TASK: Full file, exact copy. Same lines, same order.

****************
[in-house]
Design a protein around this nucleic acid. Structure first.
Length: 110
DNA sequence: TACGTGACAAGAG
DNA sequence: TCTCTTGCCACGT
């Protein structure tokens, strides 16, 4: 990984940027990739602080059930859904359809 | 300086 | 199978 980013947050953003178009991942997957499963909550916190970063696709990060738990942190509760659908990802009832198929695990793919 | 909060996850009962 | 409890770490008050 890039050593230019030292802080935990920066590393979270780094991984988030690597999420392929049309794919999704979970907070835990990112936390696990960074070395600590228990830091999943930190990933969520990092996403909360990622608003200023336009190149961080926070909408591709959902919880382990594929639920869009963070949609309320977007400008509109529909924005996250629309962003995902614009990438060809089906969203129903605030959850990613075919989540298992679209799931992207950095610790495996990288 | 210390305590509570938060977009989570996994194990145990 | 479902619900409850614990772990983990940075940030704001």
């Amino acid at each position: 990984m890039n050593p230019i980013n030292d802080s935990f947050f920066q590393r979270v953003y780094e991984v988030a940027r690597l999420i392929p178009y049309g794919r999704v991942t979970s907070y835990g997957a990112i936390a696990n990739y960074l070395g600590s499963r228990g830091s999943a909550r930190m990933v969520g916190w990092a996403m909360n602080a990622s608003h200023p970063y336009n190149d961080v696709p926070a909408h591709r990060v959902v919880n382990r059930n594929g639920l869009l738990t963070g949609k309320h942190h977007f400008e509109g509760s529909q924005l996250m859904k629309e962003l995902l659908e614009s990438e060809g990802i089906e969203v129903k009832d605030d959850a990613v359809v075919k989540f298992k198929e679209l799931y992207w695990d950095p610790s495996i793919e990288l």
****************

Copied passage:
[in-house]
Design a protein around this nucleic acid. Structure first.
Length: 110
DNA sequence: TACGTGACAAGAG
DNA sequence: TCTCTTGCCACGT
């Protein structure tokens, strides 16, 4: 990984940027990739602080059930859904359809 | 300086 | 199978 980013947050953003178009991942997957499963909550916190970063696709990060738990942190509760659908990802009832198929695990793919 | 909060996850009962 | 409890770490008050 890039050593230019030292802080935990920066590393979270780094991984988030690597999420392929049309794919999704979970907070835990990112936390696990960074070395600590228990830091999943930190990933969520990092996403909360990622608003200023336009190149961080926070909408591709959902919880382990594929639920869009963070949609309320977007400008509109529909924005996250629309962003995902614009990438060809089906969203129903605030959850990613075919989540298992679209799931992207950095610790495996990288 | 210390305590509570938060977009989570996994194990145990 | 479902619900409850614990772990983990940075940030704001």
């Amino acid at each position: 990984m890039n050593p230019i980013n030292d802080s935990f947050f920066q590393r979270v953003y780094e991984v988030a940027r690597l999420i392929p178009y049309g794919r999704v991942t979970s907070y835990g997957a990112i936390a696990n990739y960074l070395g600590s499963r228990g830091s999943a909550r930190m990933v969520g916190w990092a996403m909360n602080a990622s608003h200023p970063y336009n190149d961080v696709p926070a909408h591709r990060v959902v919880n382990r059930n594929g639920l869009l738990t963070g949609k309320h942190h977007f400008e509109g509760s529909q924005l996250m859904k629309e962003l995902l659908e614009s990438e060809g990802i089906e969203v129903k009832d605030d959850a990613v359809v075919k989540f298992k198929e679209l799931y992207w695990d950095p610790s495996i793919e990288l």